Tuesday, December 16, 2008

Is Christian Music Dying?

I'm often amazed at how few Christians seem to listen to current Christian music anymore. I shouldn't be, but I am. I think it's because I was raised as part of the Christian subculture. I was steeped in it. I was a Steve Green-ing, Michael W. Smith-ing, Sandy Patti-ing, Truth-ing, 4Him-ing, Steve Curtis Chapman-ing, D.C. Talk-ing fanboy. Their music was good for me and everything else out there was bad. If it wasn't about Jesus, it was forbidden fruit.

I'm over that now. I listen to mainstream music quite a lot these days. And so do most Christians. I mean, turn on KLTY and you'll hear Daughtry! It seems to me that CCM, Christian bookstores, etc. are in serious decline. So I googled "Christian music industry struggling" and found a fascinating article that confirms my "fears." I put "fears" in quotation marks because it's not necessarily a bad thing. Doesn't the idea of "Christian subculture" run counter to the message of Christ anyway?

Okay, I don't want to make this too long lest you decide not to read this fascinating article. And remember that "heaven and earth will pass away, but God's Word is forever."


springstead said...

This trend has a LOT of contributing factors, one of which, fortunately, is greater ease for "open" Christians to sign to mainstream labels. All major "Christian" labels are owned now by mainstream companies, whether for good or bad.

Another factor is the sheer availability of information, music and news both included. Many loud conservative voices trashed the beat of rock music as something demonically inspired. These days, we've got music missionaries all over the world, many still working to convince locals that when Jesus saves you, he saves your drum, too.

When I was a teenager, CCM Magazine seemed like a pretty comprehensive source for Christian music. Now, Christians are involved in virtually every genre (notably, out front especially in mainstream indie rock), such that there's too much being done to keep up with it all. Even if I wanted to buy my preferred music at a local Gospel bookstore, chances are they can't possibly stock all the folks I want to listen to. As with all the other merchandise such stores feature, it usually ends up being easier to get online.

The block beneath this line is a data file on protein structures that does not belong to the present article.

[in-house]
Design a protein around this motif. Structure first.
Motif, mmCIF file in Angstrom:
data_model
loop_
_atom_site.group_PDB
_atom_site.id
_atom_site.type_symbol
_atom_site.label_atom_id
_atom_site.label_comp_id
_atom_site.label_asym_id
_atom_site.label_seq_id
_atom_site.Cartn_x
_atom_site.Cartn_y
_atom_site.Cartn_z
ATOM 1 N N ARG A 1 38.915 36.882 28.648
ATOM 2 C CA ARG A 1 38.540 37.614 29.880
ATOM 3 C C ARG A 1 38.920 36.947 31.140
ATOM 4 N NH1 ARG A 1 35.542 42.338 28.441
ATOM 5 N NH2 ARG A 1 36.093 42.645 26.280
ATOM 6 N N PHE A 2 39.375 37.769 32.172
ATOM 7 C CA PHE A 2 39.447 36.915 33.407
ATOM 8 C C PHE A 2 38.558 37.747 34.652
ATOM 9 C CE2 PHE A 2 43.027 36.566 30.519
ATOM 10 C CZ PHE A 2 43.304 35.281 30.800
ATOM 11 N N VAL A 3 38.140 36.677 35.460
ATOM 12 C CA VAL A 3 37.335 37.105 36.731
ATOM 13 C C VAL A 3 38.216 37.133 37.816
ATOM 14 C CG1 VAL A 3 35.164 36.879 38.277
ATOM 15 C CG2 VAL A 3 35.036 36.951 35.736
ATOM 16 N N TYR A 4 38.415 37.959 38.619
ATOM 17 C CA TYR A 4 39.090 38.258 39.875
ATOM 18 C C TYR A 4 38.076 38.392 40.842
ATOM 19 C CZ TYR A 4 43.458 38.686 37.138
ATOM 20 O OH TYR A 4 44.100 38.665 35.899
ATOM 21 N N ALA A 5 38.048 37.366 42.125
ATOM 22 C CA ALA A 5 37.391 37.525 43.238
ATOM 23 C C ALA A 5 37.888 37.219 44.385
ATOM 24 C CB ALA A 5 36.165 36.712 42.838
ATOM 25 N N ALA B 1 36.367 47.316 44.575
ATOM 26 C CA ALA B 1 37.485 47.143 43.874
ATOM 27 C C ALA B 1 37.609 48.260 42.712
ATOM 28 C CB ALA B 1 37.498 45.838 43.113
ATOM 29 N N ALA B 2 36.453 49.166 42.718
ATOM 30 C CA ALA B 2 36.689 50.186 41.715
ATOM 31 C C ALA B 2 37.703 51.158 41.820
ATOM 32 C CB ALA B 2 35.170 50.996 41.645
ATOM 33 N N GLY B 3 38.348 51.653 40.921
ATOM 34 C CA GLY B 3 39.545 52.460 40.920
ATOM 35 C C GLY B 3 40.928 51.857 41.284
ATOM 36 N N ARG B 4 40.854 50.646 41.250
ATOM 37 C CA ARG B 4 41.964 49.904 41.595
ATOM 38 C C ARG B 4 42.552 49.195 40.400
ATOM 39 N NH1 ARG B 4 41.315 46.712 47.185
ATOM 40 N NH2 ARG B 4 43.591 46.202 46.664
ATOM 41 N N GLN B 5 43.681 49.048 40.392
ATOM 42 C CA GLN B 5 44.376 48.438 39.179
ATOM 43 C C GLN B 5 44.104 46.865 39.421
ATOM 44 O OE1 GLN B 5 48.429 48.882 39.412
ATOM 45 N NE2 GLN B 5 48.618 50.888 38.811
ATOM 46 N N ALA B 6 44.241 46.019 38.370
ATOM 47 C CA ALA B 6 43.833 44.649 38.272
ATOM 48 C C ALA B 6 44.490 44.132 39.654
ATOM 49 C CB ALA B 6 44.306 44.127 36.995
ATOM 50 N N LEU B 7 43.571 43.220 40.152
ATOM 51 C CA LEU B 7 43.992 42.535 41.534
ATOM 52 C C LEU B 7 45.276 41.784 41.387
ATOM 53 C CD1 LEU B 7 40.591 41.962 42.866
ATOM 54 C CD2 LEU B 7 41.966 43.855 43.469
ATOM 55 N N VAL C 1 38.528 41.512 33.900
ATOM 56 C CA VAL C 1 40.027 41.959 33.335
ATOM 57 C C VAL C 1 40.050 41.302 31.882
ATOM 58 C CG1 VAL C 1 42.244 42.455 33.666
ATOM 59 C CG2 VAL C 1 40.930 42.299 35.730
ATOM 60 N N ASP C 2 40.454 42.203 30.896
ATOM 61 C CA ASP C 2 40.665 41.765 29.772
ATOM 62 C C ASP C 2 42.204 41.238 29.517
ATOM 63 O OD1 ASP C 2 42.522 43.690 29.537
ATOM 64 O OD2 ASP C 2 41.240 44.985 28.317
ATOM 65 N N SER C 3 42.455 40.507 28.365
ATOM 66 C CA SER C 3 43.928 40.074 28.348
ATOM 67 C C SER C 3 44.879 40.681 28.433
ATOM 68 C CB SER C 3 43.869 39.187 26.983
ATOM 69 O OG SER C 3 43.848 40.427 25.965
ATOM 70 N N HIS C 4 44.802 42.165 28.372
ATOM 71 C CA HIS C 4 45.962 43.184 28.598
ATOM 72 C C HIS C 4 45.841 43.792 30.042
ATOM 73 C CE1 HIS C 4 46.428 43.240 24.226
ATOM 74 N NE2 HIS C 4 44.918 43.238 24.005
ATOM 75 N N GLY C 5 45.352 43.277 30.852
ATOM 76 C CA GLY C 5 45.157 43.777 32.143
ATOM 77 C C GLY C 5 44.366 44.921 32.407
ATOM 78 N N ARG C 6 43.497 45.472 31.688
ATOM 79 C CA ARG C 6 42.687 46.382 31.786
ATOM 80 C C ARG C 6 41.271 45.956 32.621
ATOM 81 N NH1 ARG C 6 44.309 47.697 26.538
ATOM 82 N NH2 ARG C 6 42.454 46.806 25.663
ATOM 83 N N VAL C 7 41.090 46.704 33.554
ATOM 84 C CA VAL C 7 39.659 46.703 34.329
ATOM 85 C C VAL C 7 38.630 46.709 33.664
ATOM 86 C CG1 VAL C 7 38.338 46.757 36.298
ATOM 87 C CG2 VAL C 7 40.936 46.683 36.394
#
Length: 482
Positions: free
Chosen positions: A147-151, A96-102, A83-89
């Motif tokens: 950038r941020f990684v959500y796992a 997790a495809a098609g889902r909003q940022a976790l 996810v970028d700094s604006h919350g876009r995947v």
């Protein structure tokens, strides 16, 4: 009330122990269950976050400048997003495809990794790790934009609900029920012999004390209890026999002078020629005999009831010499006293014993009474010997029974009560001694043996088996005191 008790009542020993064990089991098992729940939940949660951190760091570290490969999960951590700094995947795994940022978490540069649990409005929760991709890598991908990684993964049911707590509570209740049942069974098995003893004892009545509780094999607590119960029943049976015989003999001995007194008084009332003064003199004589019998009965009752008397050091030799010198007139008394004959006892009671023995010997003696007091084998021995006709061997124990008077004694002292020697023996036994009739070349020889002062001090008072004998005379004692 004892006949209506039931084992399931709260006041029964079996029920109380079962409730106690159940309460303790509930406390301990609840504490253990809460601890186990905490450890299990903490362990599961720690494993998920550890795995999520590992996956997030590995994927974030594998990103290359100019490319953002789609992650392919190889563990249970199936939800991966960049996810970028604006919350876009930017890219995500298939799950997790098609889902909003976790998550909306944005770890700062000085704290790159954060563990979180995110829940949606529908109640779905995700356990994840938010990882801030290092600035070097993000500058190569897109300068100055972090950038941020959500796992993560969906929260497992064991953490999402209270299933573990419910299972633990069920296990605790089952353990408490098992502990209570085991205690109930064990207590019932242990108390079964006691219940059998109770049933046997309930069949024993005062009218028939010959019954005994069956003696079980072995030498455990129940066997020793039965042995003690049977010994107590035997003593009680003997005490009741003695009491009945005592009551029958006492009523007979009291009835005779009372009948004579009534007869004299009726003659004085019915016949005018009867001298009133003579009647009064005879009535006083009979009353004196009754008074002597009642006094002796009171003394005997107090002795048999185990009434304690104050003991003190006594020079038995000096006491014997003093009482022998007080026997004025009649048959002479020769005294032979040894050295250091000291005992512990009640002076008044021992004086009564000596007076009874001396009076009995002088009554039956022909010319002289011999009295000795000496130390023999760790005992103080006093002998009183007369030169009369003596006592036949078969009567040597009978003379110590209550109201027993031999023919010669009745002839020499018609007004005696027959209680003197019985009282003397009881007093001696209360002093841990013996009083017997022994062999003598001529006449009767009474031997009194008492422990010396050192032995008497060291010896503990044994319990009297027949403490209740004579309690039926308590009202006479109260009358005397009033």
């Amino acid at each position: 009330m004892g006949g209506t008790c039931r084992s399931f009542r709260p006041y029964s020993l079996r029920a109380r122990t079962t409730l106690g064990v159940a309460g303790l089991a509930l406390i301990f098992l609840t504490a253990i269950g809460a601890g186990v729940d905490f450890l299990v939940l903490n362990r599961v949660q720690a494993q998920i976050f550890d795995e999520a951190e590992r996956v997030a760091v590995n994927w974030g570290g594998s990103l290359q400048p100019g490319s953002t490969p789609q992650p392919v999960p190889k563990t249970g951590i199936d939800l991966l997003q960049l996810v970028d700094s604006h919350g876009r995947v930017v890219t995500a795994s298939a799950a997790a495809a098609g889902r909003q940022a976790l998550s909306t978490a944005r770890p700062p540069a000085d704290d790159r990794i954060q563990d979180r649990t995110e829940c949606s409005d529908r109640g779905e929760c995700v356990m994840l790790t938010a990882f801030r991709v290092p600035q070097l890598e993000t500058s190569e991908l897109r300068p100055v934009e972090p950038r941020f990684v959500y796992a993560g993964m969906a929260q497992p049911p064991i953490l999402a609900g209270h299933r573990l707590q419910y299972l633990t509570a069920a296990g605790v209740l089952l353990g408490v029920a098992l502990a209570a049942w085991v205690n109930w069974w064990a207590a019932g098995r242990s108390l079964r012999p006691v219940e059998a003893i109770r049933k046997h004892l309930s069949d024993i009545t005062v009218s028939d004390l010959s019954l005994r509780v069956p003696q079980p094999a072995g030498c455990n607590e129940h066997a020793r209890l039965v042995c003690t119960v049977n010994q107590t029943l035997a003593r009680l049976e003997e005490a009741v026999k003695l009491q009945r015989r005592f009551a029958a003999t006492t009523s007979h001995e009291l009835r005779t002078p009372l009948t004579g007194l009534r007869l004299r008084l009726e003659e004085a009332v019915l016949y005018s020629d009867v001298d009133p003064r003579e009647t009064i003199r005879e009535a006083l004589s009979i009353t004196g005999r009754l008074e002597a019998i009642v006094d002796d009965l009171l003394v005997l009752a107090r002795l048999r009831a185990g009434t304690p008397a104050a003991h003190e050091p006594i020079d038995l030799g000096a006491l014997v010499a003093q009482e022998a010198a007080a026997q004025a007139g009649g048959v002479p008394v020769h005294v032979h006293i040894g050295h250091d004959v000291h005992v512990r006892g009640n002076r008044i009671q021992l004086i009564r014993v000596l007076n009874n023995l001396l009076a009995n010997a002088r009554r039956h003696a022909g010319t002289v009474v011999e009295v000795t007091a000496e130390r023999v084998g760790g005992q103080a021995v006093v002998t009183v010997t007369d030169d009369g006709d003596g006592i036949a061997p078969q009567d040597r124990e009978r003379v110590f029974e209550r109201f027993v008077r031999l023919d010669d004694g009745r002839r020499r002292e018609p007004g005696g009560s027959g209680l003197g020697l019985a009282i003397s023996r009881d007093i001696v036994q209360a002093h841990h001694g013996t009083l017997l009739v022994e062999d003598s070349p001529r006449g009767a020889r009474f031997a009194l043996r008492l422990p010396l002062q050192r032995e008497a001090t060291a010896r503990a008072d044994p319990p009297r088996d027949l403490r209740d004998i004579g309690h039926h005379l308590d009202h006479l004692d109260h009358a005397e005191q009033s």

With regard to radio and "major" Christian label artists, the contemporary Gospel scene currently has itself stuck, I think, in a necessary transition back to non-worship music, after a few years of worship music topping their charts. DC Talk and their contemporaries' topics were differently focused than Chris Tomlin and Dave Crowder's have been, and the shift back will take time.

Thanks for posting this.

Grace and peace,
Mike S

Mark Celoria said...

Hey Michael! Thanks for your response.

From what I gathered from your reply, you think that music will trend away from worship music. But I disagree. Due to the fact that there will always be a demand for corporate worship songs, I think writers will continue to cash in. Furthermore, it seems to me that the new DC Talks of the world tend to be mainstream rather than overtly Christian. Songs like "Jesus Freak" would simply not sell in the current climate.

Mark Celoria said...

Whereas songs like "Everything" by Lifehouse are successful and will continue to succeed IMHO.